“Some are born great, some achieve greatness, and others have greatness thrust upon them,” wrote William Shakespeare in Twelfth Night, but some, England’s cricket team in particular, plan it.
A laughing stock at the last World Cup four years ago they have, through a pragmatic policy of selection and approach, targeted white ball cricket for big change – change that has been radical enough to win England the Men’s World Cup for the first time in 44 years.
And what incredible scenes there were when their first title was decided by a Super Over, or more precisely by the amount of boundaries scored after both teams had scored 15 runs off their extra six balls following a tie in the match proper.
Such drama can only bolster cricket’s appeal. When Jonny Bairstow was asked whether he’d rather win the Ashes than the World Cup he said the Cup, something unthinkable before Andrew Strauss had effected his white ball revolution after the nadir experienced by England in that last World Cup.
Strauss is no longer in harness following his decision to step down as England’s director of cricket, but this team owe him a debt of gratitude for prioritising England’s white ball cricket.
Eoin Morgan must also take much credit. Not only did he persuade Strauss he was the right man to take England forward into this brave new world as its captain, he moulded the team in his own image, which was to play aggressive, winning cricket, especially with the bat.
The other pieces to the jigsaw were to appoint a coach and his assistant who would buy in to their cause. Because a change of culture was due, the Australian Trevor Bayliss was appointed with Paul Farbrace his deputy.
The pair had worked together before, taking Sri Lanka to the World Cup final in 2011. They had also been present during the Lahore terrorist attack on the Sri Lankan team in Pakistan, so while knowing their new job would hold challenges they would not let it overwhelm them.
Bayliss, who played State cricket in Australia for New South Wales, was not especially hands on but he did encourage players to be bold. Of the team that sunk to that low in 2015, four played in the final against New Zealand, Morgan, Joe Root, Jos Buttler and Ben Stokes with Moeen Ali on the bench. In essence then, it was a change of culture rather a wholesale turnover of personnel.
When a big match like this is decided by small margins such as boundaries scored (England’s 26 to New Zealand’s 17), you have to feel for the losers.
Perennially underrated, New Zealand cricket has a turnover less than that of Surrey County Cricket Club.
They also have a talent pool of active cricketers in the low thousands. Yet, they have been one of the very best tournament teams in world cricket having made the semi-finals in eight of the 12 World Cups played.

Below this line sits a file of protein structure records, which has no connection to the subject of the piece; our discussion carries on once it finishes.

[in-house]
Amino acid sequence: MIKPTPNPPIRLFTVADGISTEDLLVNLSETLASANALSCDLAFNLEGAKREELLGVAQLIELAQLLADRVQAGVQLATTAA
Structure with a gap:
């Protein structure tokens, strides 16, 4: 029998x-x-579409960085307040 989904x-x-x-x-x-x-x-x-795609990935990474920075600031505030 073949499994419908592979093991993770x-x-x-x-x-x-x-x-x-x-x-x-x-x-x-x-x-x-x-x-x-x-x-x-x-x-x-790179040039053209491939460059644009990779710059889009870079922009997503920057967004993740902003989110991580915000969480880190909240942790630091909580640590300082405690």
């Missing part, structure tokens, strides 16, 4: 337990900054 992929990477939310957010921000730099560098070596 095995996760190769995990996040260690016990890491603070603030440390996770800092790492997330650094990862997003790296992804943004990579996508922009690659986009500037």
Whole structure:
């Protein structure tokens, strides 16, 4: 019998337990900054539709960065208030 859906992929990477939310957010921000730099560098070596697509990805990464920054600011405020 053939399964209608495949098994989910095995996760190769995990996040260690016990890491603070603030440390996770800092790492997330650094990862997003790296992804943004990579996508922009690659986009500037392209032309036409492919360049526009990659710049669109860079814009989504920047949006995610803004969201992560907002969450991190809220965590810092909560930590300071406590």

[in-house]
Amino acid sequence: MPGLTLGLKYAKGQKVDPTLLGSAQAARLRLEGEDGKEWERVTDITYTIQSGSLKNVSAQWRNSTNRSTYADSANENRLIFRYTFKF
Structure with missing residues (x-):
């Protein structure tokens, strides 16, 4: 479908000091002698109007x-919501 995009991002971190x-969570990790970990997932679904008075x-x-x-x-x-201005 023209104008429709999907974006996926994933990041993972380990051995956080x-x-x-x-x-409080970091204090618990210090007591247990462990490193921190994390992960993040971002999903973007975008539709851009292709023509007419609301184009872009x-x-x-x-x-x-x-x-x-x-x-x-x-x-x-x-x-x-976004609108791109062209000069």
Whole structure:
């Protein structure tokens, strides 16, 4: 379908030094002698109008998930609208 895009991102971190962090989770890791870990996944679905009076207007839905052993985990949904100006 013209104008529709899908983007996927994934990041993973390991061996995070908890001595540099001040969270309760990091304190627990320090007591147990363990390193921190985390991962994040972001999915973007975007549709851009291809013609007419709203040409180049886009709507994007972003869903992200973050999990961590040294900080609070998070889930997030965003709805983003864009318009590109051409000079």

Indeed, this was their second final in succession and while they were blown way in the first by Australia in Melbourne four years ago, they have done what all sportsmen and women should do and learnt from their mistakes.
The first thing they did was to play at a different tenor. Having lost alpha cricketers like Brendon McCullum, Grant Elliott and Luke Ronchi, their mantra has been to play not perfect cricket but winning cricket, and there is a difference.
As such they have no belief in getting into an ‘arms race’ with opponents like England, but to do things their way. And while few felt they’d made enough runs in either the semi-final against India or the final, they won the first match and came within a whisker of the taking the second.
After defeat by England, Australia’s Aaron Finch said England have set a new benchmark for the one-day game. Yet New Zealand have showed there is another way.
Not that England will change. The success of their ‘no blame’ culture has encouraged players to be bold and ‘play without fear.’
But the approach has not been without its glitches. Indeed, it’s first crisis came in the semi-final of the Champions Trophy against Pakistan two years ago, which England lost after their batting approach became confused.
They also lost a game to Scotland last year when their bold approach fell into recklessness. But while the underlying belief is still there it has been refined to the point where players like Ben Stokes, formerly headstrong and macho in his approach, has become a fine thinking batsman.
It was this second Stokes, rather than the former, which enabled England to win the 2019 World Cup but it has taken time and experience and the support of his captain an coach for him to emerge. Luckily for England, it was in the nick of time.